Microsoft offered cash for Wikipedia alterations

Microsoft got its hand slapped by Wikipedia after it was revealed that Microsoft attempted to pay writer Rick Jelliffe for altering Microsoft’s Wikipedia entry, according to an Associated Press report.

From the report:

Microsoft acknowledged it had approached the writer and offered to pay him for the time it would take to correct what the company was sure were inaccuracies in Wikipedia articles on an open-source document standard and a rival format put forward by Microsoft.

Call me a conspiracy theorist, but perhaps it’s only a matter of time until some media organization gets caught paying off a prominent Digg or Newsvine user. Maybe they’ll even call that person an “Outreach Editor.” Of course, some organizations are already buying search ads on Google for news articles…

Author: Danny Sanchez

Danny Sanchez is the Audience Development Manager at Tribune's and Danny has been with Tribune since 2005 in a variety of editorial, digital and product development roles in Hartford, Orlando and Fort Lauderdale. He has also previously worked in the newsrooms of the Tampa Bay Times and The Miami Herald.

3 thoughts on “Microsoft offered cash for Wikipedia alterations”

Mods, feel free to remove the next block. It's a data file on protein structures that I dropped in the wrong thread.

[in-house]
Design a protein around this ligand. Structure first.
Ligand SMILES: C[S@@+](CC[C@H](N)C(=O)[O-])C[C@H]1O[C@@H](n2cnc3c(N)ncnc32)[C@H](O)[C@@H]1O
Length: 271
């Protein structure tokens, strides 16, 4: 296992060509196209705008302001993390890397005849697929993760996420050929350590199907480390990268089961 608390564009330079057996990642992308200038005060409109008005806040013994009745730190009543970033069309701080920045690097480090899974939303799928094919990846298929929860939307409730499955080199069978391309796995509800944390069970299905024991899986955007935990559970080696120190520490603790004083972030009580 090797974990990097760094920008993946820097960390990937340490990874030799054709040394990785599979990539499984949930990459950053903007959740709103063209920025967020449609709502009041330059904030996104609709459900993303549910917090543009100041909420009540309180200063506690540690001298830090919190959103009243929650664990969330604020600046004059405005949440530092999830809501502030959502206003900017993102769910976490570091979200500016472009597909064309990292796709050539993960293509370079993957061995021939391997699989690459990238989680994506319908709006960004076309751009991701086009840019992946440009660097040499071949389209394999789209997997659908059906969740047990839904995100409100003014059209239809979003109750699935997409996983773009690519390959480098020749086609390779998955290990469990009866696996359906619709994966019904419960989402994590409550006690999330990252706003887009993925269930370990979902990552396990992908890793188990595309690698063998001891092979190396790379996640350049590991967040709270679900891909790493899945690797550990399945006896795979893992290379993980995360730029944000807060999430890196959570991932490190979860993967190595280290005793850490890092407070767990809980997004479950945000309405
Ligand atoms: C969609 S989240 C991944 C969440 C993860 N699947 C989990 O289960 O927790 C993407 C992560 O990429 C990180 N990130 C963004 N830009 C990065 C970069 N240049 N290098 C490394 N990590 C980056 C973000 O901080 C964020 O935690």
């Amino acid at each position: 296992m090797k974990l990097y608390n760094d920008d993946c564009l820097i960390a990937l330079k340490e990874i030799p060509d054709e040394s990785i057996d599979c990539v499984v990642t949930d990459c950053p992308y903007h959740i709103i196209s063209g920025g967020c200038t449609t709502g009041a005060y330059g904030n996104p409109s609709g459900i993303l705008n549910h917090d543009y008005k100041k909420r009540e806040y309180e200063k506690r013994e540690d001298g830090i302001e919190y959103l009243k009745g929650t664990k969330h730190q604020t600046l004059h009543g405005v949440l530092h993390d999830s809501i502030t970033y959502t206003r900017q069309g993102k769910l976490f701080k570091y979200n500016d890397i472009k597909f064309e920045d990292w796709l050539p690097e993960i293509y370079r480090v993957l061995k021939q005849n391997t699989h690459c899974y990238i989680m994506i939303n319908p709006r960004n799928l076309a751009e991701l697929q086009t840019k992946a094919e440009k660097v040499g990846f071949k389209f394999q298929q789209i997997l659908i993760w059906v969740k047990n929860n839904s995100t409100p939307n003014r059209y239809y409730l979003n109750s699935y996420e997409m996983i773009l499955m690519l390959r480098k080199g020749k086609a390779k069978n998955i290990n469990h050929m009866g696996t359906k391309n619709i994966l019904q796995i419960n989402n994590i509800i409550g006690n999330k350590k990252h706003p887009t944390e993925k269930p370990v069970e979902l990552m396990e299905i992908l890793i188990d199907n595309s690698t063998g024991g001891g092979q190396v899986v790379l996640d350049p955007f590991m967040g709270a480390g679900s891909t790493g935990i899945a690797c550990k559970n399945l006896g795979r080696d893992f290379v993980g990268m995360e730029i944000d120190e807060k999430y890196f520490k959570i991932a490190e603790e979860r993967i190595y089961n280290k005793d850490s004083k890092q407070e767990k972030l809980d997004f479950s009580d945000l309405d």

1. you’re so right about, sooner or later, some news outlet getting busted for gaming Digg, Newsvine, etc. (there are some rumors floating around to that effect already pertaining to some high-profile papers–but it’s rumor at the moment…) That’s one of the things that I don’t like about the social ranking sites–there’s no way to really guarantee you’re not getting a rigged story.

  2. It is a scary world out there. The credibility of newspapers needs to be maintained more than ever these days because there’s so much competition out there. What concerns me is that some of these other news outlets have no consequences for screwing up. If the New York Times reports something inaccurately, it means lost subscriptions. If a Digg user games the system, would anyone ever find out? And if they do, are there any financial or legal consequences?

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